Weekend Cooking: Pavlova

While perusing Table of Contents, a cookbook filled with recipes and anecdotes from authors,  I became fixated on one of Sara Gruen’s (Water for Elephants, 2007) contributions:  Merran Neville’s Pavlova.  From the ingredients, I deduced Pavlova was a dessert but beyond that, I was mystified.

After a bit of research, I learned that Pavlova is a meringue-based dessert that was created in the 1920s to honor Russian ballerina Anna Pavlova while she toured either Australia or New Zealand.  I decided to attempt this recipe in conjunction with Beth Fish Reads’s Weekend Cooking Challenge.

Anna Pavlova

Anthony and I have never really eaten meringue–not the cookies, nor atop a quivering slice of lemon meringue pie–so this was going to be something new at Chez Book, Line, and Sinker.  We were cautiously optimistic about the outcome and our reactions.

First I rounded up the ingredients...

I had everything in the house except the raspberries and Apple Cider vinegar.  The directions call for using a mixer with the whisk attachment, but I couldn’t summon the energy to go to the basement for my Kitchen Aid.  A hand mixer with regular beaters worked just fine.

Egg whites, sugar, cream of tartar, and a dash of salt make for shiny and smooth peaks.

After folding in additional sugar, vanilla, cornstarch, and cider vinegar, I piled the mixture on to a baking sheet lined with parchment.  The recipe called for an 8-inch mound, but I eyeballed it.

A mountain of meringue!

After baking for a bit more than an hour at a low heat, the Pavlova emerged from the oven with a toast shell that started to crack almost instantly.  Fear not, intrepid reader (and baker!), this is expected.

The baked Pavlova, resting before I removed it to a wire cooling rack.

After it cooled completely, I made some whipped cream with sugar and vanilla and sliced into the Pavlova.  If we were having a party, I would have covered the top with cream but since it’s just the two of us, I didn’t want the leftovers to get soggy.  Here’s the Pavlova after I sliced it.

I didn't invert the Pavlova on a cooling rack as the recipe directed. I didn't have two, so I just let it cool. I think inverting it would have prevented the 'tenting' of the meringue layer by compressing it into the cakey layer.

I garnished the Pavlova with a Matterhorn of whipped cream and fresh raspberries.

Honestly, this Pavlova was sublime. Airy and delicious.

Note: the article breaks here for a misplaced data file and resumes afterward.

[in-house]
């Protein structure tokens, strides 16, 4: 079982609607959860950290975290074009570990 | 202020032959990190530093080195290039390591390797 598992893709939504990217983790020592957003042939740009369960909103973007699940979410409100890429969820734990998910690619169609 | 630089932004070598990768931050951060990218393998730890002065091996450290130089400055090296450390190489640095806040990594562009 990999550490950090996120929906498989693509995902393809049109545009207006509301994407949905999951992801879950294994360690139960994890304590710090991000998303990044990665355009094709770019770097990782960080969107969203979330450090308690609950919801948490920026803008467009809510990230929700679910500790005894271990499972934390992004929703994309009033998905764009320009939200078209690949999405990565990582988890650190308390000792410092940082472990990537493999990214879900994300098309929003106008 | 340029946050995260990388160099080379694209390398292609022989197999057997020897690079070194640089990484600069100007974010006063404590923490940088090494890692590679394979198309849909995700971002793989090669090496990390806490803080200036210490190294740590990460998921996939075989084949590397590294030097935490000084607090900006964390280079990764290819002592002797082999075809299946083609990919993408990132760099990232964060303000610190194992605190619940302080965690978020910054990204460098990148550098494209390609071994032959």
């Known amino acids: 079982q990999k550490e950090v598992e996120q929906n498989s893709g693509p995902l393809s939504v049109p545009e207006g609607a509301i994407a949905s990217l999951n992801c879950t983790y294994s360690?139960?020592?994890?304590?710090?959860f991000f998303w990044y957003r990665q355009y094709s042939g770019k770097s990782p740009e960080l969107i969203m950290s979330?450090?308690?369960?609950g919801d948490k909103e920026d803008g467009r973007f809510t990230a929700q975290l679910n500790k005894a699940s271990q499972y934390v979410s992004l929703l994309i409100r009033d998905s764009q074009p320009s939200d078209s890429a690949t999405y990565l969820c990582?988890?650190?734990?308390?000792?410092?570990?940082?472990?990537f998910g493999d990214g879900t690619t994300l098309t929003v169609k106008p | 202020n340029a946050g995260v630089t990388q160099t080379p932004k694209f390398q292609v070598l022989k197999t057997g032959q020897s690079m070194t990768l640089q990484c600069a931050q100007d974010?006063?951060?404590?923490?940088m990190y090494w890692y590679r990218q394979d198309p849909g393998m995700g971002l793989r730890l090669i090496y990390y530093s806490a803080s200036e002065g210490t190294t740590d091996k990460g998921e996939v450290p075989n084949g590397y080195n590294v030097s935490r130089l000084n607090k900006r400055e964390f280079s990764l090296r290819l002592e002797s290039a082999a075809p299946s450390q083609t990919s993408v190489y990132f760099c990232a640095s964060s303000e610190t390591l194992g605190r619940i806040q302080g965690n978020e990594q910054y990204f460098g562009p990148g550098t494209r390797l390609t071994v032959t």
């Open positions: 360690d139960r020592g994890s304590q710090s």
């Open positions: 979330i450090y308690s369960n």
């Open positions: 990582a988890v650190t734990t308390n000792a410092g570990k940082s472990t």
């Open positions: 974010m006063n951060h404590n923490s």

Anthony and I were floored by this Pavlova.  It was airy and crispy on the outside, and angel-foodcake-like on the inside.  I can’t imagine that this is high in calories or fat–it’s basically egg whites, sugar, and dashes of a few other things.  Only the whipped cream adds fat and it can be controlled.  We’ve never had anything like this and plan to enjoy Pavlova again soon with friends and family.  Ethereal!

Merran Neville’s Pavlova

adapted from Sara Gruen’s submission in Table of Contents by Judy Gelman and Vicki Levy Krupp

For the Pavlova

  • 4 large egg whites
  • Pinch of salt
  • 1/2 teaspoon cream of tartar
  • 1 cup sugar, divided in half
  • 1 teaspoon cornstarch
  • 1 teaspoon cider vinegar
  • 1/2 teaspoon vanilla extract
  1. Preheat oven to 285F. Line a baking sheet with parchment paper.
  2. Use a mixer to beat egg whites, salt, and cream of tartar. Beat until still, not dry. (I used a hand mixer for 3 minutes.)
  3. Beat in 1/2 cup sugar until mixture is thick and holds shiny peaks.
  4. Mix in cornstarch with remaining 1/2 cup of sugar.  Fold gently with spatula.
  5. Add cider vinegar and vanilla extract, folding them in gently to egg mixture until just mixed.
  6. Pile the mixture in an 8-inch mound on the baking sheet.  Bake for one hour, until crust is firm and toasted.
  7. Let it cool on a wire rack and then invert it. (I skipped the inverting because I didn’t want to smoosh the top of my meringue mountain.)

For the Topping

  • 1 cup whipping cream
  • 1 tablespoon sugar
  • 1/2 teaspoon vanilla extract or Gran Marnier
  • Ripe berries (I used raspberries)